Fall 2005

Winds of Change: A VISTA’s Experiences in the Astrodome
Houston Astrodome Shelter

The guilt kept me up all night long. I was taking a break from the packed Astrodome Community Technology (ACT) Center that Technology For All had established on the ground floor. One of the survivors had my last name, and my coloring—a small dark woman with bright teeth and deep dimples. Jovially, she remarked that we could be family, and, inexplicably, it made me cry. The exigency and the proximity was more than I could stand at the moment. So I stepped out to get a hold of myself, silently wishing I had taken up smoking just to take the rawness off of my emotions. Oh, but God wasn’t done with me yet. A young girl that I had seen around the Astrodome before recognized me. I fumbled with an imaginary wrinkle in my shirt so I would not have to be kind to her. I hoped that she would see that I was desperately busy with my pretend wrinkle and could not be bothered. No such luck. She pounced. She ran to me and hugged me like the long lost sister I had become to her. I immediately perceived that she needed a bath. I pulled her off of me and reprimanded her about the impropriety of such actions.

Astrodome CTC
Houston Astrodome CTC
My boss, Will Reed, the CEO of Technology For All (TFA) and a Methodist Pastor, would have been appalled. Will, TFA volunteer coordinator Pam Gardner, and Business Development Officer Jim Forest led the call for community technology centers in the area to do something to facilitate Katrina survivors' search for loved ones and ease the grief and distress associated with displacement.  These individuals shaped a new model for the role for CTCs all over the country. First, CTCs should be responsive: Hurricane Katrina hit August 29th, and the ACT Center was installed and fully operational on the September 2nd.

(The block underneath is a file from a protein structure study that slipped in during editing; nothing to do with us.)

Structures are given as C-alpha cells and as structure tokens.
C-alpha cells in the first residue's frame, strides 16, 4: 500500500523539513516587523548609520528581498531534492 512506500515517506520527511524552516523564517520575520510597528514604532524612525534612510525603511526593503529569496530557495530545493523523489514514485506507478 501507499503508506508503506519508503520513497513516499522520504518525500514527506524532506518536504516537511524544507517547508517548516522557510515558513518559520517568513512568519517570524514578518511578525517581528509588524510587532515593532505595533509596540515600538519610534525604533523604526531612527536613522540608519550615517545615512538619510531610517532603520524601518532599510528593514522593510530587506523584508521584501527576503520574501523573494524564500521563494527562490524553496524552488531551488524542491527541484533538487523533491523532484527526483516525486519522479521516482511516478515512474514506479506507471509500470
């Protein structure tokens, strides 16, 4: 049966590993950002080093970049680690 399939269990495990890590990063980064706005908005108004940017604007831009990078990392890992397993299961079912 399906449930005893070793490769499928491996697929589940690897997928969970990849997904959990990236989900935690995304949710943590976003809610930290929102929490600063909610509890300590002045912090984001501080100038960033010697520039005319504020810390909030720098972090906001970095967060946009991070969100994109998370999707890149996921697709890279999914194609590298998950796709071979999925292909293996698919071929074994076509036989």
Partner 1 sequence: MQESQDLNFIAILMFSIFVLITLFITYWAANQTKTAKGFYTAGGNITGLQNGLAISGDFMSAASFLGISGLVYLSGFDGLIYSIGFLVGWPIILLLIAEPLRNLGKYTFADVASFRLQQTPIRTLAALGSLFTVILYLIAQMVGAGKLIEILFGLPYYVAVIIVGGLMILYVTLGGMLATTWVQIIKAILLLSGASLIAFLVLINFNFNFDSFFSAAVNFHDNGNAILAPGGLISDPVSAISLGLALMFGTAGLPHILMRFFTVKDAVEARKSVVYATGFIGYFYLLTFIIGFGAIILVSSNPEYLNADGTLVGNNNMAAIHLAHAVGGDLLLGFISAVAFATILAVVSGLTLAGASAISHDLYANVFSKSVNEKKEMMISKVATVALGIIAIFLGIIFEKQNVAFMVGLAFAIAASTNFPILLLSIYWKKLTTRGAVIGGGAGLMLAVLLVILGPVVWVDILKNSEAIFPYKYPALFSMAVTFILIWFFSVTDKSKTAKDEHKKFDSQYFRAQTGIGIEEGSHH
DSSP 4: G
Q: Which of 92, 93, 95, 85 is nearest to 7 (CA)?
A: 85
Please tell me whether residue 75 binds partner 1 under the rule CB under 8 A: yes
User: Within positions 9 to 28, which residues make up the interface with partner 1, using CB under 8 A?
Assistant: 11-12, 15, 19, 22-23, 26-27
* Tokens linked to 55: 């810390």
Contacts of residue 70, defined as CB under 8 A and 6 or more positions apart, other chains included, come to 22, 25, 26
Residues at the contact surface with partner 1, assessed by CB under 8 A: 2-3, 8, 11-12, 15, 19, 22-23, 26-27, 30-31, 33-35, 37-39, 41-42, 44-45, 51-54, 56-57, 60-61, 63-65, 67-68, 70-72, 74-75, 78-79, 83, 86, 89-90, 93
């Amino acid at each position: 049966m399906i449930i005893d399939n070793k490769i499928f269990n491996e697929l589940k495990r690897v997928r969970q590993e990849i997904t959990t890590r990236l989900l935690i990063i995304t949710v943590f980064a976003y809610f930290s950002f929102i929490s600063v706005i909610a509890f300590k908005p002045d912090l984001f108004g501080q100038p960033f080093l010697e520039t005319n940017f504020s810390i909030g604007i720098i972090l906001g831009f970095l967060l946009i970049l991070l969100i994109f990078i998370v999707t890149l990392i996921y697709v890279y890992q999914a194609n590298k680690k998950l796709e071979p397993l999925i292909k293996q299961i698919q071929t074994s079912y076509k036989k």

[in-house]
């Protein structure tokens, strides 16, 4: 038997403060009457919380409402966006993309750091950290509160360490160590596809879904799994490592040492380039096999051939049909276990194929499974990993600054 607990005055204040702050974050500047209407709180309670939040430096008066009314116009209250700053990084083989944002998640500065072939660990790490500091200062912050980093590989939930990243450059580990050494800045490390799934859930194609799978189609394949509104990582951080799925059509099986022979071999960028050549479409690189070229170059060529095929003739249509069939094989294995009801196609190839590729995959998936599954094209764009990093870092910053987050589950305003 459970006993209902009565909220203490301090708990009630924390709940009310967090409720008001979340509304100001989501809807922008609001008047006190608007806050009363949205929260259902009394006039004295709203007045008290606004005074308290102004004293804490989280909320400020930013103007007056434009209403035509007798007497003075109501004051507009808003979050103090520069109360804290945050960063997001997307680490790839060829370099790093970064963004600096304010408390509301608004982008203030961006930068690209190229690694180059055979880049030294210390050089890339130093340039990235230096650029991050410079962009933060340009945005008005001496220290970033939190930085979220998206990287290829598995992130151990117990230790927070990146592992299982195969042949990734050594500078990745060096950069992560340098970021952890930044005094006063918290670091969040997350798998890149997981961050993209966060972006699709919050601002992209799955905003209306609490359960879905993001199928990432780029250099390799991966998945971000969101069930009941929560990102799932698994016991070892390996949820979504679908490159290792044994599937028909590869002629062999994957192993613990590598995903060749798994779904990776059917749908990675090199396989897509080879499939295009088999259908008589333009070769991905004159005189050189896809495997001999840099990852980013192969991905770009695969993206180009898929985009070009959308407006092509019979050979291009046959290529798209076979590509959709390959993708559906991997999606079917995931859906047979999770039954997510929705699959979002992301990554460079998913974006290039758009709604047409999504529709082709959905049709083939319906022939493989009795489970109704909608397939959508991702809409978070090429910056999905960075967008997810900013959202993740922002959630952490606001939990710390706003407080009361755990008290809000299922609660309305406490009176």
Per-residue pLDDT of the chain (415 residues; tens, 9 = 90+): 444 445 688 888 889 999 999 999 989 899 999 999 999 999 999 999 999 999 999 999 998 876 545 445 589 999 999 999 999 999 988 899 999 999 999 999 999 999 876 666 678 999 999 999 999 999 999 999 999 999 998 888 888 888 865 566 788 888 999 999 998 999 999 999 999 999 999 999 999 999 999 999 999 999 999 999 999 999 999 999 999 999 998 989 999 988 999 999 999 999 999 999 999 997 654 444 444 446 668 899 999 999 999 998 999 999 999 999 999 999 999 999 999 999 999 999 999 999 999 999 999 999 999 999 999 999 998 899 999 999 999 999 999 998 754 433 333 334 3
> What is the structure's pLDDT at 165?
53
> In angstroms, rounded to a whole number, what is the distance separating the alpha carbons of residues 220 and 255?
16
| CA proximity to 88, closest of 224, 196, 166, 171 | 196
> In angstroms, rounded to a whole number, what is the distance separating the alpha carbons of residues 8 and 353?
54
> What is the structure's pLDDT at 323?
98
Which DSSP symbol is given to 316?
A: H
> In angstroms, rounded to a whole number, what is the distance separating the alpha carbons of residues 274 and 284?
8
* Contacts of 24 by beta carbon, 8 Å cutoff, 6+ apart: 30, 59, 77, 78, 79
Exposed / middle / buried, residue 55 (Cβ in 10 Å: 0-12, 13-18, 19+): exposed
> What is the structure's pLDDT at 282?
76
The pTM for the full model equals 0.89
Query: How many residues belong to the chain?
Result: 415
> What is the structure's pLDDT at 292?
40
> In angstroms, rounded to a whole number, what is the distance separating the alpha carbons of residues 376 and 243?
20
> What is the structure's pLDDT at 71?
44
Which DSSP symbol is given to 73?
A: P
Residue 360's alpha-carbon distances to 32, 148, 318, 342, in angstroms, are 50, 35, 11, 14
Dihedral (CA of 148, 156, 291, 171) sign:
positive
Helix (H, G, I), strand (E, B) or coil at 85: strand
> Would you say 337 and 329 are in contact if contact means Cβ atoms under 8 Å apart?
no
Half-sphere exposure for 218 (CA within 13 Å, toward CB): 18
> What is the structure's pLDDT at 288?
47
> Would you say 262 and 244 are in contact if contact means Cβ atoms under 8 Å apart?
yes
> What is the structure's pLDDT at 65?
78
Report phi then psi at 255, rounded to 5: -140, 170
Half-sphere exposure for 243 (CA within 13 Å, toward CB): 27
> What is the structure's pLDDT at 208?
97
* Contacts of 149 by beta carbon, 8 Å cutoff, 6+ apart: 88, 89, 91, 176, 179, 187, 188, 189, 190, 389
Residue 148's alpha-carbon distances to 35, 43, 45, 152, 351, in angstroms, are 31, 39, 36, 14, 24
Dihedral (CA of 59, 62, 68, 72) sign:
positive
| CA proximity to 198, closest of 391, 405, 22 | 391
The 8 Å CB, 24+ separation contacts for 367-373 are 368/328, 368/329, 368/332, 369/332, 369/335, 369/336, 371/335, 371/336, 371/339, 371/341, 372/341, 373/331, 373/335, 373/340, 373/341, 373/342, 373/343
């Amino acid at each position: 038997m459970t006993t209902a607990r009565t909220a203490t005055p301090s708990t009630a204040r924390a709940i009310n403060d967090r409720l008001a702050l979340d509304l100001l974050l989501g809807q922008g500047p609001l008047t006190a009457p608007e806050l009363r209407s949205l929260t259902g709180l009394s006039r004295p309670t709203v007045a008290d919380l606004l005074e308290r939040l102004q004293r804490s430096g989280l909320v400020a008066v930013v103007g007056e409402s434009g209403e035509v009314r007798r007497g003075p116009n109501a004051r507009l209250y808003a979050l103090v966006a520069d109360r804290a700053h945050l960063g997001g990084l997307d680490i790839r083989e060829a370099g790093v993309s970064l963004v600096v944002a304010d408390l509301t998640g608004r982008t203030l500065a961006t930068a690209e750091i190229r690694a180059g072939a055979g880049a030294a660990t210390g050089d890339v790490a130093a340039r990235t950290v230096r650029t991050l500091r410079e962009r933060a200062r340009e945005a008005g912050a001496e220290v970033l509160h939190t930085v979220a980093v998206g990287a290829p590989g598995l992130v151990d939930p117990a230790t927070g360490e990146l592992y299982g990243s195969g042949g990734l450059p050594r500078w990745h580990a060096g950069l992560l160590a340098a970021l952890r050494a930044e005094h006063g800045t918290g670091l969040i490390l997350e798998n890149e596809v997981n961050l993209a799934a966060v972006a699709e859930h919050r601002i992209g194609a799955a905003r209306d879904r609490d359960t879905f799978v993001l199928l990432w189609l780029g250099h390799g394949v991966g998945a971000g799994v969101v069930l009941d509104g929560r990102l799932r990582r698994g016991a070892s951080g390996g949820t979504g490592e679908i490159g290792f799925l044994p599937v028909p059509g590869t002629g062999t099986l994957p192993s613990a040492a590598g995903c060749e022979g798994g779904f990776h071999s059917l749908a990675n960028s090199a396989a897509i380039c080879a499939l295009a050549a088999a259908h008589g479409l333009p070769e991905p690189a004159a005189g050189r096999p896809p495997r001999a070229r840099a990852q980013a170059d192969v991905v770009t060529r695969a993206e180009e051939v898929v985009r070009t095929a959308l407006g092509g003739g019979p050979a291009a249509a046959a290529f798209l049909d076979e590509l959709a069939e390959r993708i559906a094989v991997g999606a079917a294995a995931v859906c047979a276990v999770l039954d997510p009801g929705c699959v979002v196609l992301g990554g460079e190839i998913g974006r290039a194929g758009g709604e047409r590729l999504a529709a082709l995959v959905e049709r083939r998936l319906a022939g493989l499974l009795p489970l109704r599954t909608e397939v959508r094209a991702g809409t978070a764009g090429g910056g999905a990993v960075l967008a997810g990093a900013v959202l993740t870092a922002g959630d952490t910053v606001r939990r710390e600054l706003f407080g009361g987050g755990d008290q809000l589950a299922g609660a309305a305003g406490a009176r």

Secondly, CTCs should be reactive and proactive. Setting up the ACT Center was challenging. Will was surprised that many “institutions involved did not immediately see the need” for an ACT Center. Moreover, such a large facility was “bound by so many preexisting relationships,” and it was hard to cut through the red tape. Technical problems needed to be dealt with, too. There were over 26 databases that had to be searched separately. With partners like SIMHouston, SBC, and Yahoo, the new ACT Center was able to make all the databases universally searchable so people could find loved ones.

Astrodome CTC
Volunteers help Katrina survivors navigate the Internet
Most of all, the challenge was in facing the overwhelming human problems.  When I asked Will what he saw in the long term for Katrina survivors, he responded that they posed a “huge opportunity and responsibility for CTCs.” He wanted to see the people he had helped in and out of CTCs all over the country “gaining the skills, abilities and knowledge they need to earn livable wage jobs.” Katrina survivors at the Astrodome, many evacuated from the poorest and most neglected parts of New Orleans, often lacked the most basic skills from the beginning. Jim Forrest recalled a 17-year-old who had never seen a computer and said, “The level of need often exceeded our ability to assist.”

I wondered how Will and Jim dealt with being overwhelmed emotionally.  I was struck when Jim got choked up a number of times, while Will kept focused on results with laser-like precision.

As for me, I tossed and turned all night, thinking about how I treated that young girl, pulling her off of me instead of being there for her. I was assigned there the following Tuesday. And there she was in the same spot, as if she was still waiting for me. Everyone was crowded around her and her mother. I was enlisted to speak to the girl’s mother who wouldn’t move nor would she let her daughter out of her sight long enough to take care of herself hygienically. After being speculated about, generally distrusted, and cursed out, I finally convinced the mother that I was not there to harm her or her child. I persuaded her to let her daughter take a quick rinse off in a nearby ladies room. The girl was so grateful, gracious, and beautiful. Suddenly remembering my previous behavior, I felt ashamed to be in the same room with her.

Very few people can chart the second, the instant that they grow.   But that day I felt an enormous change. We are cups, constantly and quietly being filled with experiences, events, and consequences that forever change our nature. Technology For All will never be the same after its response to Katrina. And frankly, neither will I.

Nicole Payne
Nichole Payne is a new CTC VISTA this fall with Technology for All.  She has a B.S. in Political Science and plans to continue her education up to the doctorate level.



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